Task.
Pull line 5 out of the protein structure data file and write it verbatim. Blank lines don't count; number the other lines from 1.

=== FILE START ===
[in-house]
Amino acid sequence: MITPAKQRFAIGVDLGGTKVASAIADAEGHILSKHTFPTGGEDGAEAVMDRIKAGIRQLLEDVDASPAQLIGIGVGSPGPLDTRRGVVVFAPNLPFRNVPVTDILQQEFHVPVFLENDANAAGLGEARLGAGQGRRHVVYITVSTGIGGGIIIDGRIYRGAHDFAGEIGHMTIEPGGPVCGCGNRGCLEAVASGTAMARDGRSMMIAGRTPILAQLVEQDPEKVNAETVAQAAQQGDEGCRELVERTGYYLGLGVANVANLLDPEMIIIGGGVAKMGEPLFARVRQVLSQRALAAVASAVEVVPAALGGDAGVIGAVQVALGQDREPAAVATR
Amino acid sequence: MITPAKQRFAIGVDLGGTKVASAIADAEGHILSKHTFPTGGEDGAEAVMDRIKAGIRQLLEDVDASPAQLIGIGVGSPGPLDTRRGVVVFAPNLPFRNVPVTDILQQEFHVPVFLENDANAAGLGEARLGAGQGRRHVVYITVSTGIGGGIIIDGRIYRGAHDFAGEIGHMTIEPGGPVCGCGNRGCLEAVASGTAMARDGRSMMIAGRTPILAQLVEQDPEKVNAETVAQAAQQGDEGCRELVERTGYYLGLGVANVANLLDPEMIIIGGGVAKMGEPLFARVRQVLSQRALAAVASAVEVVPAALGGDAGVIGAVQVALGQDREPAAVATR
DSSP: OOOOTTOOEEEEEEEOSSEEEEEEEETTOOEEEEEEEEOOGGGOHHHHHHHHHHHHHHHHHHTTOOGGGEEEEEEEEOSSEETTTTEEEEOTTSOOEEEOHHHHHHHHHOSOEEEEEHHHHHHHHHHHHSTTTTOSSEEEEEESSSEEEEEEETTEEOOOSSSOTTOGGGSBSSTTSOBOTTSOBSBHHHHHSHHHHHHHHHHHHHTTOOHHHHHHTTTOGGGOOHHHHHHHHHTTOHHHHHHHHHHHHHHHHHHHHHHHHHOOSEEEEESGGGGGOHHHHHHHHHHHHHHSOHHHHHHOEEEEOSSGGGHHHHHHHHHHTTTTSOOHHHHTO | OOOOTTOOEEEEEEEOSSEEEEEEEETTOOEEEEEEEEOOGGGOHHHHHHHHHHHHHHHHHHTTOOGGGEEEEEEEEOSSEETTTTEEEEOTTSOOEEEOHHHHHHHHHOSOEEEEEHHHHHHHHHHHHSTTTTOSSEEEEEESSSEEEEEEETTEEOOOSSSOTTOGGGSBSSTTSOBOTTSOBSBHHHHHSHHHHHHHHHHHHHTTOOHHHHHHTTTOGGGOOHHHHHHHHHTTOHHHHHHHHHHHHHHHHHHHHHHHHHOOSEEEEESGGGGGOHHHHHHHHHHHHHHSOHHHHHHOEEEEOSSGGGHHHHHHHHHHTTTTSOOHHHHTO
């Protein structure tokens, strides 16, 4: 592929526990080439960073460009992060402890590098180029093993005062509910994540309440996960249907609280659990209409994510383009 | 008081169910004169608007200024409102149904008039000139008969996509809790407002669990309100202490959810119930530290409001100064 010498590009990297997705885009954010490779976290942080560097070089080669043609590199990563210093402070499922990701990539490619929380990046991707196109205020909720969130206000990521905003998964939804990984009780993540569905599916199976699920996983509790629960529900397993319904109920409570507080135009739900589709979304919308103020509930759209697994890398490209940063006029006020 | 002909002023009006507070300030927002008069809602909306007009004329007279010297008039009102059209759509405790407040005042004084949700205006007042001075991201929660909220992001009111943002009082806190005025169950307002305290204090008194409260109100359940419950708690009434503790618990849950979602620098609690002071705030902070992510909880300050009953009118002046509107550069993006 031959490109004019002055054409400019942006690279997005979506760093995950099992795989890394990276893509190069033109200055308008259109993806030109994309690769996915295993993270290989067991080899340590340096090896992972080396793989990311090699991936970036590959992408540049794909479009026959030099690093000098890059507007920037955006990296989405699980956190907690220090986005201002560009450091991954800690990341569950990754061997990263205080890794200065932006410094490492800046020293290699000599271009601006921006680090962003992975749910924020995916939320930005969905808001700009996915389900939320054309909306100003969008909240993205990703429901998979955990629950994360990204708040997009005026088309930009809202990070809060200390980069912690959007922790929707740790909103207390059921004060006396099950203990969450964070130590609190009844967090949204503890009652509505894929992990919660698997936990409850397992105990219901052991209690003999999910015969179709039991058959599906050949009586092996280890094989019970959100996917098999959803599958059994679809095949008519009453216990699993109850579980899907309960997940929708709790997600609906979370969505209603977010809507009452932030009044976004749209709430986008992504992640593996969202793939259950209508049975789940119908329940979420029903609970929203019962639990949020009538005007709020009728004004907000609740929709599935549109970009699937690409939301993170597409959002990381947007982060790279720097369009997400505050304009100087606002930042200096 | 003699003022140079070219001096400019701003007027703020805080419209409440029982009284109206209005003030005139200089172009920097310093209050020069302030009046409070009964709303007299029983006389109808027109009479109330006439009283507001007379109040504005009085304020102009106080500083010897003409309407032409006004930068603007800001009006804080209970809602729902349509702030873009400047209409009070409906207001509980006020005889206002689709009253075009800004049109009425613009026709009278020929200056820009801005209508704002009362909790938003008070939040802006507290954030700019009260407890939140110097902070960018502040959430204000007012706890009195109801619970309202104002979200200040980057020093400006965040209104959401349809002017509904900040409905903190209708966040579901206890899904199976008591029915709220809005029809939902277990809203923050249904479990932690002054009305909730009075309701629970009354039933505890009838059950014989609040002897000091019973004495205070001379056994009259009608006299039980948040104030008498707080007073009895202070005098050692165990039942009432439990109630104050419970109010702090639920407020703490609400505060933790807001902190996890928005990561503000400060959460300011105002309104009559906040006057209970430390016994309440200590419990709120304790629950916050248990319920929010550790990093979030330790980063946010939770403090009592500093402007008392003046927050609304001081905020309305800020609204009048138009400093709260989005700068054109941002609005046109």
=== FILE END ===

């Protein structure tokens, strides 16, 4: 592929526990080439960073460009992060402890590098180029093993005062509910994540309440996960249907609280659990209409994510383009 | 008081169910004169608007200024409102149904008039000139008969996509809790407002669990309100202490959810119930530290409001100064 010498590009990297997705885009954010490779976290942080560097070089080669043609590199990563210093402070499922990701990539490619929380990046991707196109205020909720969130206000990521905003998964939804990984009780993540569905599916199976699920996983509790629960529900397993319904109920409570507080135009739900589709979304919308103020509930759209697994890398490209940063006029006020 | 002909002023009006507070300030927002008069809602909306007009004329007279010297008039009102059209759509405790407040005042004084949700205006007042001075991201929660909220992001009111943002009082806190005025169950307002305290204090008194409260109100359940419950708690009434503790618990849950979602620098609690002071705030902070992510909880300050009953009118002046509107550069993006 031959490109004019002055054409400019942006690279997005979506760093995950099992795989890394990276893509190069033109200055308008259109993806030109994309690769996915295993993270290989067991080899340590340096090896992972080396793989990311090699991936970036590959992408540049794909479009026959030099690093000098890059507007920037955006990296989405699980956190907690220090986005201002560009450091991954800690990341569950990754061997990263205080890794200065932006410094490492800046020293290699000599271009601006921006680090962003992975749910924020995916939320930005969905808001700009996915389900939320054309909306100003969008909240993205990703429901998979955990629950994360990204708040997009005026088309930009809202990070809060200390980069912690959007922790929707740790909103207390059921004060006396099950203990969450964070130590609190009844967090949204503890009652509505894929992990919660698997936990409850397992105990219901052991209690003999999910015969179709039991058959599906050949009586092996280890094989019970959100996917098999959803599958059994679809095949008519009453216990699993109850579980899907309960997940929708709790997600609906979370969505209603977010809507009452932030009044976004749209709430986008992504992640593996969202793939259950209508049975789940119908329940979420029903609970929203019962639990949020009538005007709020009728004004907000609740929709599935549109970009699937690409939301993170597409959002990381947007982060790279720097369009997400505050304009100087606002930042200096 | 003699003022140079070219001096400019701003007027703020805080419209409440029982009284109206209005003030005139200089172009920097310093209050020069302030009046409070009964709303007299029983006389109808027109009479109330006439009283507001007379109040504005009085304020102009106080500083010897003409309407032409006004930068603007800001009006804080209970809602729902349509702030873009400047209409009070409906207001509980006020005889206002689709009253075009800004049109009425613009026709009278020929200056820009801005209508704002009362909790938003008070939040802006507290954030700019009260407890939140110097902070960018502040959430204000007012706890009195109801619970309202104002979200200040980057020093400006965040209104959401349809002017509904900040409905903190209708966040579901206890899904199976008591029915709220809005029809939902277990809203923050249904479990932690002054009305909730009075309701629970009354039933505890009838059950014989609040002897000091019973004495205070001379056994009259009608006299039980948040104030008498707080007073009895202070005098050692165990039942009432439990109630104050419970109010702090639920407020703490609400505060933790807001902190996890928005990561503000400060959460300011105002309104009559906040006057209970430390016994309440200590419990709120304790629950916050248990319920929010550790990093979030330790980063946010939770403090009592500093402007008392003046927050609304001081905020309305800020609204009048138009400093709260989005700068054109941002609005046109």